Third, the lectures run too long without warnings (and sometimes appropriate breaks) and the self-paced schedule is ridiculous in light of the goals YOU told us when we started.

When the lectures last more than the 3.5 hours listed on the schedule. We need to know about it--in advance. Why do I separate this out? Because it is not the lecturers' fault that you marked ONE SINGLE day on my calendar notifying me that we were going to go an extra half an hour. People have outside commitments: whether child care, work, or countless other obligations. If I'm told that the lectures will end everyday by 12:30, except for the one time noted on my calendar that will go until 1:00, then I PLAN MY LIFE accordingly. It has been exasperating to have lecture after lecture go anywhere between 15-45 minutes over the scheduled time. And in an effort to make up time, some of the longest lectures (I'm looking at YOU evidence) make the breaks only after much longer intervals than normal. This is hard stuff. A normal person only has so much room in his head and attention span to fill that space. It's no good to have the wiggles for 20 minutes at a time as the lecturer goes over and a student thinking: hope my babysitter can stay a little longer, or hope the partner will understand that I'm late, or dammit I have to pee! Now, I understand that because you retape new lectures every year (which I am grateful for) makes it impossible for you to know when you make up the initial schedules how long the time is going to run. But would it kill you to have a place on the web site that we could check for updates? Then those of us with other commitments could continue to plan our lives around you, but with far more accuracy.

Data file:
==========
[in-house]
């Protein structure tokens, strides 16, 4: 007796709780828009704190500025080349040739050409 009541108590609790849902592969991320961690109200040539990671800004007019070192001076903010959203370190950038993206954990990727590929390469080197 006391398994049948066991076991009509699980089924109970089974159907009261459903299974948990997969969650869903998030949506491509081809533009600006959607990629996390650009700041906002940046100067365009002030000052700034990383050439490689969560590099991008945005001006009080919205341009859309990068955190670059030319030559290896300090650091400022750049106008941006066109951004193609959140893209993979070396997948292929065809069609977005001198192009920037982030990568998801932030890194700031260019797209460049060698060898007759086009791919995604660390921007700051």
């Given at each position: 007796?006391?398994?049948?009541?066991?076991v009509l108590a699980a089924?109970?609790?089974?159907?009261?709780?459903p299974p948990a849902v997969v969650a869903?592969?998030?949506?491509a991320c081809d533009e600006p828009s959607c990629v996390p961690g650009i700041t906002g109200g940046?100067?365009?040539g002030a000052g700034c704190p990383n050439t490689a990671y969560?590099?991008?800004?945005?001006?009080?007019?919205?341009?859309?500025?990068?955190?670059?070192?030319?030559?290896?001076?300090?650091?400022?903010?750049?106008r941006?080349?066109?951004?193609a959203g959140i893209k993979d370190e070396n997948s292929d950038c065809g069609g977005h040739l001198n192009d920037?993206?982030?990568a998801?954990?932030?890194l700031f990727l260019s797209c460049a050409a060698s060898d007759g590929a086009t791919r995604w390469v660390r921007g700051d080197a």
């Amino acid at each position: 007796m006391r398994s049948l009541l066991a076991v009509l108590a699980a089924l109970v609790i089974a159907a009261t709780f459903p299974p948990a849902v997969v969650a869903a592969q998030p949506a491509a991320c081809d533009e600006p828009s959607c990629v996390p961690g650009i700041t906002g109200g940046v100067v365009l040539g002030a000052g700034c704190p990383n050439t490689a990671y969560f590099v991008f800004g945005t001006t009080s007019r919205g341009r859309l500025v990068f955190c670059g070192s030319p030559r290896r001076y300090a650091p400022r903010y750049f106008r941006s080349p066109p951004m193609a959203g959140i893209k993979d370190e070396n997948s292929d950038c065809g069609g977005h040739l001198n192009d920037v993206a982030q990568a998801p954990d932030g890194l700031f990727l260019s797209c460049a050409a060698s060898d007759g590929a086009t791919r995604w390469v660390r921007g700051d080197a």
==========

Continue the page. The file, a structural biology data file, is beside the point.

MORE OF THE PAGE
And last, but certainly not least, and currently most dear to my heart, your self-paced program is unrealistic and fairly demoralizing. You should build a one day break in every week. People would perform better if they had a chance to rest. Or even use it as a chance to catch up. My biggest problem with the self-paced program is that it starts to feel like a bunch of meaningless exercises. You told us not to worry about memorizing right now. To be a robot and just follow the schedule, that July is the time for memorizing. And I get that to a certain extent. But writing essay after essay that tests me on the exception to an exception to the rule? It's just demoralizing. And panic-inducing. Maybe that's what you want: if everyone panics then they will try harder to be superman and keep your schedule. But, I'm telling you, it's a waste of time. Instead of coming to the exact opposite conclusion and spending a full 30 minutes articulating carefully the rules and the reasons why... only to discover it's some obscure rule that I read in the big outline and wasn't mentioned in the lecture and therefore not reviewable when I reviewed my lecture notes. I understand that those kinds of questions are fair game on the bar. But perhaps, for every one's sanity (not to mention making the grading a wee-bit more worth the time), how about assigning us the constitutional law question that talks about ANYTHING we covered in the lecture instead of some weird criminal law point on ineffective assistance of counsel and appeals. After all, I thought the point of the essays now was to get us used to the funky faux IRAC for the bar . . . and NOT to memorize and therefore be able to regurgitate the right answer to weird questions.

Sincerely,

Yayarolly, one dissatisfied customer